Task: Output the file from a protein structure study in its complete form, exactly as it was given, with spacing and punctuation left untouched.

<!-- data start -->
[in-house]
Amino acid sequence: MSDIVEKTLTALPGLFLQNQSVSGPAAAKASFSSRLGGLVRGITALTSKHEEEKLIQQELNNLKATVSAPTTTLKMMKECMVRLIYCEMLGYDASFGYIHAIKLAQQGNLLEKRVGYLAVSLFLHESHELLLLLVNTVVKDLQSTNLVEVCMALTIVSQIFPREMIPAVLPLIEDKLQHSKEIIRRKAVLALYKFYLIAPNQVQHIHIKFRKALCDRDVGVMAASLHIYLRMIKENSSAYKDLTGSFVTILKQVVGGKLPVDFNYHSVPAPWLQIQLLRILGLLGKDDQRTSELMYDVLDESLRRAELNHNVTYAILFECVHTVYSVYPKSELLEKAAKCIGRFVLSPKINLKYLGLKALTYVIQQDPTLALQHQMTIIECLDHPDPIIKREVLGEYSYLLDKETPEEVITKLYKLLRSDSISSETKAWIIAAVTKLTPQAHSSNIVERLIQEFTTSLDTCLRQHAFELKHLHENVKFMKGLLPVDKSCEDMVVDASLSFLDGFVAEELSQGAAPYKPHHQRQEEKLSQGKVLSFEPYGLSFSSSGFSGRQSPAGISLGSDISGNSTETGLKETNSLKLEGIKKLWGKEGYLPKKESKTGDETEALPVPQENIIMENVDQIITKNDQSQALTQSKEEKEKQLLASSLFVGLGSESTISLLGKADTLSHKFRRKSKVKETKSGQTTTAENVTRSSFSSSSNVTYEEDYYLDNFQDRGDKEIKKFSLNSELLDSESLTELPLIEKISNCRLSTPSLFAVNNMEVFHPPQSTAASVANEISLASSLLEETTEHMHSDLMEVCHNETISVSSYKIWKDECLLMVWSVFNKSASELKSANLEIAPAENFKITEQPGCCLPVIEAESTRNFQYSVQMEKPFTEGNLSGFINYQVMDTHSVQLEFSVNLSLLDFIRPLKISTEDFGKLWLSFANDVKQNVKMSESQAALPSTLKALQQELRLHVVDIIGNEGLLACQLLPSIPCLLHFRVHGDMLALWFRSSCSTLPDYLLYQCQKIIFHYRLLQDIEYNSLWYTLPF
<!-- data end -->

[in-house]
Amino acid sequence: MSDIVEKTLTALPGLFLQNQSVSGPAAAKASFSSRLGGLVRGITALTSKHEEEKLIQQELNNLKATVSAPTTTLKMMKECMVRLIYCEMLGYDASFGYIHAIKLAQQGNLLEKRVGYLAVSLFLHESHELLLLLVNTVVKDLQSTNLVEVCMALTIVSQIFPREMIPAVLPLIEDKLQHSKEIIRRKAVLALYKFYLIAPNQVQHIHIKFRKALCDRDVGVMAASLHIYLRMIKENSSAYKDLTGSFVTILKQVVGGKLPVDFNYHSVPAPWLQIQLLRILGLLGKDDQRTSELMYDVLDESLRRAELNHNVTYAILFECVHTVYSVYPKSELLEKAAKCIGRFVLSPKINLKYLGLKALTYVIQQDPTLALQHQMTIIECLDHPDPIIKREVLGEYSYLLDKETPEEVITKLYKLLRSDSISSETKAWIIAAVTKLTPQAHSSNIVERLIQEFTTSLDTCLRQHAFELKHLHENVKFMKGLLPVDKSCEDMVVDASLSFLDGFVAEELSQGAAPYKPHHQRQEEKLSQGKVLSFEPYGLSFSSSGFSGRQSPAGISLGSDISGNSTETGLKETNSLKLEGIKKLWGKEGYLPKKESKTGDETEALPVPQENIIMENVDQIITKNDQSQALTQSKEEKEKQLLASSLFVGLGSESTISLLGKADTLSHKFRRKSKVKETKSGQTTTAENVTRSSFSSSSNVTYEEDYYLDNFQDRGDKEIKKFSLNSELLDSESLTELPLIEKISNCRLSTPSLFAVNNMEVFHPPQSTAASVANEISLASSLLEETTEHMHSDLMEVCHNETISVSSYKIWKDECLLMVWSVFNKSASELKSANLEIAPAENFKITEQPGCCLPVIEAESTRNFQYSVQMEKPFTEGNLSGFINYQVMDTHSVQLEFSVNLSLLDFIRPLKISTEDFGKLWLSFANDVKQNVKMSESQAALPSTLKALQQELRLHVVDIIGNEGLLACQLLPSIPCLLHFRVHGDMLALWFRSSCSTLPDYLLYQCQKIIFHYRLLQDIEYNSLWYTLPF